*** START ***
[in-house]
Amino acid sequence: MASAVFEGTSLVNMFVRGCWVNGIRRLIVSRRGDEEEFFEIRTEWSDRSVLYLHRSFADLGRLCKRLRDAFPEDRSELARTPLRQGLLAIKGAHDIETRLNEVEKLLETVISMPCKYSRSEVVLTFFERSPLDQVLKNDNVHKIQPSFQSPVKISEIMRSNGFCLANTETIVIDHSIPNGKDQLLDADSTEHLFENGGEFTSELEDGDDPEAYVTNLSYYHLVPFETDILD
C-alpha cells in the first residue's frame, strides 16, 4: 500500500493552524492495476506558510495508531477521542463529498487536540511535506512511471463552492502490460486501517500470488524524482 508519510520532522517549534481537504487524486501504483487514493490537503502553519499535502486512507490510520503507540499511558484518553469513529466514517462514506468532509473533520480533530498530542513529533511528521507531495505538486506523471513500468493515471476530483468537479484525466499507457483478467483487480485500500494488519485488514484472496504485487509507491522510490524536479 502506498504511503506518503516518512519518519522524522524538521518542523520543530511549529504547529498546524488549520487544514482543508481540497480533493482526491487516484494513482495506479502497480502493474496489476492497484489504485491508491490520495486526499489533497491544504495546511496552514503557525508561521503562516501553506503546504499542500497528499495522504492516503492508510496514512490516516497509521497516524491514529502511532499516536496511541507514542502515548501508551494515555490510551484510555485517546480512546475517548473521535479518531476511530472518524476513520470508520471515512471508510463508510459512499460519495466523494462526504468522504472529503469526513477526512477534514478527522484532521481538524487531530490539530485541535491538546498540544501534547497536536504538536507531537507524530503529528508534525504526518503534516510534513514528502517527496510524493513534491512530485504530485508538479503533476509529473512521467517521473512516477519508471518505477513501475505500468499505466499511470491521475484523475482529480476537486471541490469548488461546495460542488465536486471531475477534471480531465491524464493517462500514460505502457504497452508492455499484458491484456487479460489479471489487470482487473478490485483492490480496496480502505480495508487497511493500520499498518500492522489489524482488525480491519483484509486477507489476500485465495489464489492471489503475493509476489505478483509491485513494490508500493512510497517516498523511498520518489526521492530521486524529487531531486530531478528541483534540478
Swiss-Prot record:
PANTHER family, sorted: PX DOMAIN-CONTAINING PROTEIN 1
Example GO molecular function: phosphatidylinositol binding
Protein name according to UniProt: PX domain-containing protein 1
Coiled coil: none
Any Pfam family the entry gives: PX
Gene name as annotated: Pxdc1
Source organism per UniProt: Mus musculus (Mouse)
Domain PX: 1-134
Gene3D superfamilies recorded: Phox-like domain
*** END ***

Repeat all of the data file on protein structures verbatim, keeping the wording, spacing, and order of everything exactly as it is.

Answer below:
[in-house]
Amino acid sequence: MASAVFEGTSLVNMFVRGCWVNGIRRLIVSRRGDEEEFFEIRTEWSDRSVLYLHRSFADLGRLCKRLRDAFPEDRSELARTPLRQGLLAIKGAHDIETRLNEVEKLLETVISMPCKYSRSEVVLTFFERSPLDQVLKNDNVHKIQPSFQSPVKISEIMRSNGFCLANTETIVIDHSIPNGKDQLLDADSTEHLFENGGEFTSELEDGDDPEAYVTNLSYYHLVPFETDILD
C-alpha cells in the first residue's frame, strides 16, 4: 500500500493552524492495476506558510495508531477521542463529498487536540511535506512511471463552492502490460486501517500470488524524482 508519510520532522517549534481537504487524486501504483487514493490537503502553519499535502486512507490510520503507540499511558484518553469513529466514517462514506468532509473533520480533530498530542513529533511528521507531495505538486506523471513500468493515471476530483468537479484525466499507457483478467483487480485500500494488519485488514484472496504485487509507491522510490524536479 502506498504511503506518503516518512519518519522524522524538521518542523520543530511549529504547529498546524488549520487544514482543508481540497480533493482526491487516484494513482495506479502497480502493474496489476492497484489504485491508491490520495486526499489533497491544504495546511496552514503557525508561521503562516501553506503546504499542500497528499495522504492516503492508510496514512490516516497509521497516524491514529502511532499516536496511541507514542502515548501508551494515555490510551484510555485517546480512546475517548473521535479518531476511530472518524476513520470508520471515512471508510463508510459512499460519495466523494462526504468522504472529503469526513477526512477534514478527522484532521481538524487531530490539530485541535491538546498540544501534547497536536504538536507531537507524530503529528508534525504526518503534516510534513514528502517527496510524493513534491512530485504530485508538479503533476509529473512521467517521473512516477519508471518505477513501475505500468499505466499511470491521475484523475482529480476537486471541490469548488461546495460542488465536486471531475477534471480531465491524464493517462500514460505502457504497452508492455499484458491484456487479460489479471489487470482487473478490485483492490480496496480502505480495508487497511493500520499498518500492522489489524482488525480491519483484509486477507489476500485465495489464489492471489503475493509476489505478483509491485513494490508500493512510497517516498523511498520518489526521492530521486524529487531531486530531478528541483534540478
Swiss-Prot record:
PANTHER family, sorted: PX DOMAIN-CONTAINING PROTEIN 1
Example GO molecular function: phosphatidylinositol binding
Protein name according to UniProt: PX domain-containing protein 1
Coiled coil: none
Any Pfam family the entry gives: PX
Gene name as annotated: Pxdc1
Source organism per UniProt: Mus musculus (Mouse)
Domain PX: 1-134
Gene3D superfamilies recorded: Phox-like domain